A federal jury awarded an Aurora man $50,000 as part of a civil rights lawsuit against an Aurora police officer.
The jury ruled Kurt Kopek was a victim of excessive force, false arrest and malicious prosecution stemming from his 2008 arrest.
The jury's ruling allows the city to cover $35,000 of the damages awarded Kopek, but Detective Edgar Gallardo is responsible for the remaining $15,000.
"What's notable about this judgment is that the jury made sure that some of the damages are paid by Gallardo himself," said Roshna Bala Keen, Kopek's attorney.
Gallardo, a six-year veteran of the department, is still on the job, Aurora officials said. In 2009, Gallardo was honored by the department for recognizing and arresting a wanted gang member after noticing him at movie theater while Gallardo was off duty. He was nominated for Officer of the Year by the department.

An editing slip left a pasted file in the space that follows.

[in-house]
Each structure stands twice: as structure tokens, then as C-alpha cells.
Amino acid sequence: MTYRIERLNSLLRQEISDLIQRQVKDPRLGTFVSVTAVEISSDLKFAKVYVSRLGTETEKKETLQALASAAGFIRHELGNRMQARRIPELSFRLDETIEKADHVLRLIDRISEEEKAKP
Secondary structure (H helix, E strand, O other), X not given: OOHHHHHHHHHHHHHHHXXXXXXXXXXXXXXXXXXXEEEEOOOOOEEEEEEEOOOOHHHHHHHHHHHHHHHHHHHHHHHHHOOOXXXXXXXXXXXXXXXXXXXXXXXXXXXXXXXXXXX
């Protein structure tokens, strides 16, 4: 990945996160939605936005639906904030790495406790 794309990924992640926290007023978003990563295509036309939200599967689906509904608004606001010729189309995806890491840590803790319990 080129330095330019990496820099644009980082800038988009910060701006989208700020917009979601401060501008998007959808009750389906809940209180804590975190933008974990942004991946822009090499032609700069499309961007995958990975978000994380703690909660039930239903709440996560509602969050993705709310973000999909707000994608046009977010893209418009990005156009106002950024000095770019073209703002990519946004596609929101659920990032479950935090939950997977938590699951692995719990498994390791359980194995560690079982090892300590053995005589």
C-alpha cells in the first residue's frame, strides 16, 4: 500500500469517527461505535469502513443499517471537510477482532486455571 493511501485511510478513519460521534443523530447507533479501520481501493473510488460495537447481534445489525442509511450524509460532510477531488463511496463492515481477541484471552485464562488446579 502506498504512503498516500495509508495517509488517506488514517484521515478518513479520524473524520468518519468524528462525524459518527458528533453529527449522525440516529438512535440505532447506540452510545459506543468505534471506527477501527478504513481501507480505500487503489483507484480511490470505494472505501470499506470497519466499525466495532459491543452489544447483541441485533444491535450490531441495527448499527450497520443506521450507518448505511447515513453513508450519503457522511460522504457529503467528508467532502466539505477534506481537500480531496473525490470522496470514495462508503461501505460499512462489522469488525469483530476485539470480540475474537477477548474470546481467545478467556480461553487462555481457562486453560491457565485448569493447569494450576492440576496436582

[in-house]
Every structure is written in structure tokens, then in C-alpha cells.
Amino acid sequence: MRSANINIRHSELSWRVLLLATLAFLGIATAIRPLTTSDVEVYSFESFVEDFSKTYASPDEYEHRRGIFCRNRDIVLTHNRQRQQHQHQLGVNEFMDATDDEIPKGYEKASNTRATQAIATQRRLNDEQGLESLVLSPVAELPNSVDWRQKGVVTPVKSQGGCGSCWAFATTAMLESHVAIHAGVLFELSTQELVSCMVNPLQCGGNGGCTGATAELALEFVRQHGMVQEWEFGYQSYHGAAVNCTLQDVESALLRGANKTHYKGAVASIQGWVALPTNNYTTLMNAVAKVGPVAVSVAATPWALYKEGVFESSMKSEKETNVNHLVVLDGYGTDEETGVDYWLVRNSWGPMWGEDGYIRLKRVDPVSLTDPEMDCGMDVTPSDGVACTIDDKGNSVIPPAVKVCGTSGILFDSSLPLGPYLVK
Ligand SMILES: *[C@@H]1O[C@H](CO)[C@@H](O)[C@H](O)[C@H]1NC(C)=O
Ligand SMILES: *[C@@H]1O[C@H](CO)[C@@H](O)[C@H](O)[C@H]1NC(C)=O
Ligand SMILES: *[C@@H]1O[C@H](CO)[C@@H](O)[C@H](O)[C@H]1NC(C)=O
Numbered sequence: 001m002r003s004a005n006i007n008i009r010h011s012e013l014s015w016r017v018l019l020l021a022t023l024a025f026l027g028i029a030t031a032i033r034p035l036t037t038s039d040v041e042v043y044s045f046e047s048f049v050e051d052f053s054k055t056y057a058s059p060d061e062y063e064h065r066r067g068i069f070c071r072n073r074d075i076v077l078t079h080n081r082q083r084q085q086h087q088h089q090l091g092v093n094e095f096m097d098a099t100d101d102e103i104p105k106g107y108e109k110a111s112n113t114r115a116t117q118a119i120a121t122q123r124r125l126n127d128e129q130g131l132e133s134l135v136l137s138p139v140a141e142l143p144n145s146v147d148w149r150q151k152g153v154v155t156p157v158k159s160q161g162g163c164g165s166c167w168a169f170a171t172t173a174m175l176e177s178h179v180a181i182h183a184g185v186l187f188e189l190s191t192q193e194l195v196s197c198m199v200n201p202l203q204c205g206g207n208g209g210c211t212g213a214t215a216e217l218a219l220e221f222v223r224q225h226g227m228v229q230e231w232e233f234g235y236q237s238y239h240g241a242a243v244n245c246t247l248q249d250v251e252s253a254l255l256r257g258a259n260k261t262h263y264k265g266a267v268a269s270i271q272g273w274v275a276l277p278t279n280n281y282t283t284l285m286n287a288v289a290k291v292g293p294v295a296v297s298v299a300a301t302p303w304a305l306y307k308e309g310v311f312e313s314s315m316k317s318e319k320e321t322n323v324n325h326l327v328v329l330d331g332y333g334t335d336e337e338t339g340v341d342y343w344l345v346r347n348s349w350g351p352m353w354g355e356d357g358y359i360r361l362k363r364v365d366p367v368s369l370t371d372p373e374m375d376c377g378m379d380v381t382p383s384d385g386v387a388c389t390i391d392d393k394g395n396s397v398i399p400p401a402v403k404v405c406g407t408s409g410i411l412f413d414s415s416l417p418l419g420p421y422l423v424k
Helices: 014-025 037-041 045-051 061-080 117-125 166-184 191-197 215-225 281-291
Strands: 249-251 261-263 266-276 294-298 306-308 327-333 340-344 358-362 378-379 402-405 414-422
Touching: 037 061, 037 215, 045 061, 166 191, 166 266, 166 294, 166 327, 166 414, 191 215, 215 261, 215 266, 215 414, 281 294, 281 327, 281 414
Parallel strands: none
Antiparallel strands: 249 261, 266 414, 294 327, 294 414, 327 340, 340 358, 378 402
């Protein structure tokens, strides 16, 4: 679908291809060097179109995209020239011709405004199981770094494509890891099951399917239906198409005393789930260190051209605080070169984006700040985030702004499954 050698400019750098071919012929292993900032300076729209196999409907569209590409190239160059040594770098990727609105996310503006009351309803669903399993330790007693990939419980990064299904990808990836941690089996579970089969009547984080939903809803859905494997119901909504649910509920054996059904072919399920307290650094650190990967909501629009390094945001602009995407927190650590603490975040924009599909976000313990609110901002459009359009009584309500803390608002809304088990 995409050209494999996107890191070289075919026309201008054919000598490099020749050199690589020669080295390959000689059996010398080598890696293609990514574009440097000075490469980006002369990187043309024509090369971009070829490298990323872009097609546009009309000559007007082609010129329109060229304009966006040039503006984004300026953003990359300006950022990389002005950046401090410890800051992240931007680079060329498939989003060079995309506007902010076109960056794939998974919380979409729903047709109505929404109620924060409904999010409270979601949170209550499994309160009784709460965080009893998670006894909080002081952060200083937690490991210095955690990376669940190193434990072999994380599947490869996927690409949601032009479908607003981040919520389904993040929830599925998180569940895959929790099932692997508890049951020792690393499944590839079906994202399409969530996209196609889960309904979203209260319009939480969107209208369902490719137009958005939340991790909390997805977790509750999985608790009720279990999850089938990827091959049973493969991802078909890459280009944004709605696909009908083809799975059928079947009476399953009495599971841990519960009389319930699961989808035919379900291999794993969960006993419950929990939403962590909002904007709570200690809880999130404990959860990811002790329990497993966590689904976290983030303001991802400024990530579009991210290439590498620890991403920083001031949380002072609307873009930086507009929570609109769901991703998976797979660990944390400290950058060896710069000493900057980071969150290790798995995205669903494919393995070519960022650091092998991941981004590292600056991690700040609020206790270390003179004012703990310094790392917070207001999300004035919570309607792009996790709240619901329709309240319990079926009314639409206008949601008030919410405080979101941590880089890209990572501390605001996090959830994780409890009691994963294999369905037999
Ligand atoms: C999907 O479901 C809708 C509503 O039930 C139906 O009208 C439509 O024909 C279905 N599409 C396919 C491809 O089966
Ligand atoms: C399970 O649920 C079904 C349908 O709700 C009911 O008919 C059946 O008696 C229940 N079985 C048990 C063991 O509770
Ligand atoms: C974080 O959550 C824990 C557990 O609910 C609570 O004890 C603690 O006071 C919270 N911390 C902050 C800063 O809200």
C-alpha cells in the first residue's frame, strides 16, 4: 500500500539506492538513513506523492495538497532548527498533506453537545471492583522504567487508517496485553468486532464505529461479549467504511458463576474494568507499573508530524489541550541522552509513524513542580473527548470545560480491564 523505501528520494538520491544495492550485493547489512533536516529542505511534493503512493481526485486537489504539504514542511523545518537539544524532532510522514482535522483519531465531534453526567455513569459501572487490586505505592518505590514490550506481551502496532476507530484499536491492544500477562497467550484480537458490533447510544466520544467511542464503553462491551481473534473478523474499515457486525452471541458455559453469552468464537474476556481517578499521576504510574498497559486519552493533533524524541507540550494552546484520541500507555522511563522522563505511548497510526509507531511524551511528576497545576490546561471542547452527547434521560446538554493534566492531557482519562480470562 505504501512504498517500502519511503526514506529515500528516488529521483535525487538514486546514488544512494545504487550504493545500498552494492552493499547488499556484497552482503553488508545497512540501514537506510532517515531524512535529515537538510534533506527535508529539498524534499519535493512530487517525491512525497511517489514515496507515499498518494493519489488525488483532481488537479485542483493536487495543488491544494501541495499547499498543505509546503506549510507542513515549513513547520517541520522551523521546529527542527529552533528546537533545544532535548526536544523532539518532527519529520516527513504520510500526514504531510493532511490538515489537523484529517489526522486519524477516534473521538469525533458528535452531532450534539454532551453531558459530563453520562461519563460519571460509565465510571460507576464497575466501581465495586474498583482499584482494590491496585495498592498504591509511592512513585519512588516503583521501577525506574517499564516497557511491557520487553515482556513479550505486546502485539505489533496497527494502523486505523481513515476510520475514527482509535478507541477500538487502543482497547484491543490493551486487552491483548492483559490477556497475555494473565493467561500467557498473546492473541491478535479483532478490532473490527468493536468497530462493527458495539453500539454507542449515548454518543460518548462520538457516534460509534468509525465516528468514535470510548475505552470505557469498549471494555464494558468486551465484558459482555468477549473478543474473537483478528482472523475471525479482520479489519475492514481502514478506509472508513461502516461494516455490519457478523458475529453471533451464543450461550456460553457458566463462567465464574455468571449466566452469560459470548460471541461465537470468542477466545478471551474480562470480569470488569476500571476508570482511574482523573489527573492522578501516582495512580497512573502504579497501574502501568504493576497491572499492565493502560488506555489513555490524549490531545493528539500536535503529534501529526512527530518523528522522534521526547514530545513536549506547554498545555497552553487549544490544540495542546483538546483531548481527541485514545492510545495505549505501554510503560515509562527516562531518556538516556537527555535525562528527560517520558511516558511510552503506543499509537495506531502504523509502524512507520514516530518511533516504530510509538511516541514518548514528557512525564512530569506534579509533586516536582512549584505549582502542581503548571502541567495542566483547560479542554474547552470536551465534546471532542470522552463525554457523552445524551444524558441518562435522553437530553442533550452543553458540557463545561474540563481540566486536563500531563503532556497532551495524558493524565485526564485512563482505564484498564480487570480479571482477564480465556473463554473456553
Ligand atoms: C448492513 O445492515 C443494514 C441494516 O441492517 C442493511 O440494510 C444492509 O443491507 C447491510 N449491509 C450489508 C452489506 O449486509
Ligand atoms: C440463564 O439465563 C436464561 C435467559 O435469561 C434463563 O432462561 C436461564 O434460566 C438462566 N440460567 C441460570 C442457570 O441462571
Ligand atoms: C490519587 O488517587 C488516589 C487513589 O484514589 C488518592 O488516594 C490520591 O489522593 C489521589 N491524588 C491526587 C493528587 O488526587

"The city respects, but disagrees, with the jury's verdict and is exploring all of its options going forward," Aurora spokesman Dan Ferrelli said Thursday.
Kopek was arrested Sept. 2, 2008, near Clearwood Park on the city's far east side, according to the federal lawsuit. Kopek's arrest followed the arrest of his wife on traffic charges that were later dropped because of a record-keeping error by the Illinois Secretary of State's office, the lawsuit stated.
Kopek, who lives two blocks away from the park, was notified of his wife's arrest by a neighbor. When he approached officers, an argument ensued.
Kopek claimed in the lawsuit that he began to walk away, but was shot in the back with a Taser gun by Gallardo. Kopek claimed he was punched by the officer as well, even after he had been handcuffed and shocked again with the Taser.
The lawsuit claimed Kopek was placed in the back seat of a squad car for an hour on a 90-degree day without air conditioning or the windows rolled down.
Keen said at one point, Kopek's teenage son -- who had walked home from school -- passed the scene and saw his battered father in the back of the squad car.
Kopek was charged with four misdemeanors, but a DuPage County jury later acquitted him of all charges.